Environmental stratifications as the basis for national, European and global ecological monitoring

M.J. Metzger, D.J. Brus, R.G.H. Bunce, P.D. Carey, J. Goncalves, J. Honrado, R.H.G. Jongman, A. Trabucco, R. Zomer

Research output: Contribution to journalArticleAcademicpeer-review

45 Citations (Scopus)

Abstract

There is growing urgency for integration and coordination of global environmental and ecological data and indicators required to respond to the ‘grand challenges’ the planet is facing, including climate change and biodiversity decline. A consistent stratification of land into relatively homogenous strata provides a valuable spatial framework for comparison and analysis of ecological and environmental data across large heterogeneous areas. We discuss how statistical stratification can be used to design national, European and global biodiversity observation networks. The value of strategic ecological survey based on stratified samples is first illustrated using the United Kingdom (UK) Countryside Survey, a national monitoring programme that has measured ecological change in the UK countryside for the last 35 years. We then present a design for a European-wide sampling design for monitoring common habitats, and discuss ways of extending these approaches globally, supported by the recently developed Global Environmental Stratification. The latter provides a robust spatial analytical framework for the identification of gaps in current monitoring efforts, and systematic design of new complementary monitoring and research. Examples from Portugal and the transboundary Kailash Sacred Landscape in the Himalayas illustrate the potential use of this stratification, which has been identified as a focal geospatial dataset within the Group on Earth Observation Biodiversity Observation Network (GEO BON).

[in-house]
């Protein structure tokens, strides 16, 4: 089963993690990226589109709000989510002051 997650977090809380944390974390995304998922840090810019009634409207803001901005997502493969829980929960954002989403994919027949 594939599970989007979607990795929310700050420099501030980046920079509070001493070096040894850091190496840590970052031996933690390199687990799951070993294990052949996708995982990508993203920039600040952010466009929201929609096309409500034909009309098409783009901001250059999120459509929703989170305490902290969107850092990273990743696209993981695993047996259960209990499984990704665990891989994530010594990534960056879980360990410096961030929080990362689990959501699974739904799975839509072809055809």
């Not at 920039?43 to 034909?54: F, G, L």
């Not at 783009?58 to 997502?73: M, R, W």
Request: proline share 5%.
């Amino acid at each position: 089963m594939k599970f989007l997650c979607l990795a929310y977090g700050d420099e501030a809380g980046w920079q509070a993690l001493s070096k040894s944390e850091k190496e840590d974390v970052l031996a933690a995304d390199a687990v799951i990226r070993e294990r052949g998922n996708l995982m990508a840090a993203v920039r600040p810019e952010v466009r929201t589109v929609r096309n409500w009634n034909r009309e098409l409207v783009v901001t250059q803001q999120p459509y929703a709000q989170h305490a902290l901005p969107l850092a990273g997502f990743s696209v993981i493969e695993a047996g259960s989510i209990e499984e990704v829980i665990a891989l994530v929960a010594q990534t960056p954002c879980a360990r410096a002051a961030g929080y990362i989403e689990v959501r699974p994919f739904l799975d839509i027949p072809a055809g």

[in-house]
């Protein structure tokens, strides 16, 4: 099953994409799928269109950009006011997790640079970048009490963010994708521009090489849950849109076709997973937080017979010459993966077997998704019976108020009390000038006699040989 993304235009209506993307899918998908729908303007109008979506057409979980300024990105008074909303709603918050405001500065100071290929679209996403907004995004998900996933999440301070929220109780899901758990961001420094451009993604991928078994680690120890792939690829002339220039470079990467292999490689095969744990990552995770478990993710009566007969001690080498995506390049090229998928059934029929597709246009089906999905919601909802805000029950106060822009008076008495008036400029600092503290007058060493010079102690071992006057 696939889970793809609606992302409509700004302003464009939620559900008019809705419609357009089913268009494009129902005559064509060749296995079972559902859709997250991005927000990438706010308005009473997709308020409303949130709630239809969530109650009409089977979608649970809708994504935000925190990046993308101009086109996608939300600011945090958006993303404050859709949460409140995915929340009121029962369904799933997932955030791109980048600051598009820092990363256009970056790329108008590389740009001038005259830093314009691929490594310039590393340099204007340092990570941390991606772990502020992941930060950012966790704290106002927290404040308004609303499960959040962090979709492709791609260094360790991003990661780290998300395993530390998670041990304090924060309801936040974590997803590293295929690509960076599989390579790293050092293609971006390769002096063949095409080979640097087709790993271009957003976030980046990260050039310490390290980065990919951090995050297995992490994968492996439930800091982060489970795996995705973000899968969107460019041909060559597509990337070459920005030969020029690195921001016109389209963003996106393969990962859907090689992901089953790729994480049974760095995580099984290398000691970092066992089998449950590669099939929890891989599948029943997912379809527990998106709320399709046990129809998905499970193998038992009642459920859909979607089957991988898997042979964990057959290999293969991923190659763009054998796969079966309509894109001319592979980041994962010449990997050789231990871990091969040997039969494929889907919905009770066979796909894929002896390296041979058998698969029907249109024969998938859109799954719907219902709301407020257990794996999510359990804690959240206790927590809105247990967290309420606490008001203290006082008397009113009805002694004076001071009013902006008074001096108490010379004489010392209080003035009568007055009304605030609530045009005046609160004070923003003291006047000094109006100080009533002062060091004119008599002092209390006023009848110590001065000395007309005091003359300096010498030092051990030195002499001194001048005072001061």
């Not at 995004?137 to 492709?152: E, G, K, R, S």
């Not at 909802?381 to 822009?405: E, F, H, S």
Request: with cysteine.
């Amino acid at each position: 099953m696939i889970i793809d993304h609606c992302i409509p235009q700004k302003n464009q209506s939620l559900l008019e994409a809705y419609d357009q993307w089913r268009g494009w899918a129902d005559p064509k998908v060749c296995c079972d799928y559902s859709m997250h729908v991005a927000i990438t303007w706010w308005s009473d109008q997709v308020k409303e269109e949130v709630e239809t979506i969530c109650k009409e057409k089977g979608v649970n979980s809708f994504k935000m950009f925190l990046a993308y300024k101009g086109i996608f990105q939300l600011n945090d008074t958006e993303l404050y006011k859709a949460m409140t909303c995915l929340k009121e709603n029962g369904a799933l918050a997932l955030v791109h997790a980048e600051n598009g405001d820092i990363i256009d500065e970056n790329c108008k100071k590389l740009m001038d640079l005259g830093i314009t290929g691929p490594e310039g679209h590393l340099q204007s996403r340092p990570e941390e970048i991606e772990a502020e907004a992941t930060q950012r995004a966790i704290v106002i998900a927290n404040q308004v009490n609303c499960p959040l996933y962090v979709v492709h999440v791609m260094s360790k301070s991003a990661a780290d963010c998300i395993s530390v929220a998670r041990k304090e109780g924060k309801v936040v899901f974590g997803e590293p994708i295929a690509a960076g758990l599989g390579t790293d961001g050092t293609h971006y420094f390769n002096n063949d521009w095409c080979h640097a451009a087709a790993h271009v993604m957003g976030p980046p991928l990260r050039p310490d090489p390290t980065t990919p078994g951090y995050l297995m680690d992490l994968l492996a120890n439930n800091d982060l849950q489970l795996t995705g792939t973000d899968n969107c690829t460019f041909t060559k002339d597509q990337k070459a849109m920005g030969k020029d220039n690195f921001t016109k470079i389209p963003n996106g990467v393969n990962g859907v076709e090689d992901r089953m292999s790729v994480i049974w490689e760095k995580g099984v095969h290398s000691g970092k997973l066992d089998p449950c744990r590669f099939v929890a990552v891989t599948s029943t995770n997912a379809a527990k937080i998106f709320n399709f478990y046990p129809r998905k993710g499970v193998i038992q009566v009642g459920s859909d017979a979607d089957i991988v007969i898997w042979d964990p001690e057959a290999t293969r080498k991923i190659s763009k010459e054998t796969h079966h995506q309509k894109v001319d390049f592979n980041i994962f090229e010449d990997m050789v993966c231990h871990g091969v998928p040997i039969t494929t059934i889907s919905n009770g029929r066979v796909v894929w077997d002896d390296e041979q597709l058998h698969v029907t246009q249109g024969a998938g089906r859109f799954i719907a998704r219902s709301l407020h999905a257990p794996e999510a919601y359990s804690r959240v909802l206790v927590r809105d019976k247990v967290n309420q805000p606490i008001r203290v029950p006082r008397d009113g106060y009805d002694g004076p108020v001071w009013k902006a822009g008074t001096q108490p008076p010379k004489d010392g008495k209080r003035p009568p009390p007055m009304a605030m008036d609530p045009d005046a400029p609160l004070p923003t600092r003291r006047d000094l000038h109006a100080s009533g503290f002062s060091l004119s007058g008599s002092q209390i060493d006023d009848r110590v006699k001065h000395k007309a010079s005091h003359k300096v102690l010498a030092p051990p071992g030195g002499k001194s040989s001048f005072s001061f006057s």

Original languageEnglish
Pages (from-to)26-35
JournalEcological Indicators
Volume33
DOIs
Publication statusPublished - 2013

Keywords

  • conterminous united-states
  • countryside survey
  • observing system
  • temporal trend
  • biodiversity
  • classification
  • design
  • earth
  • land
  • landscapes

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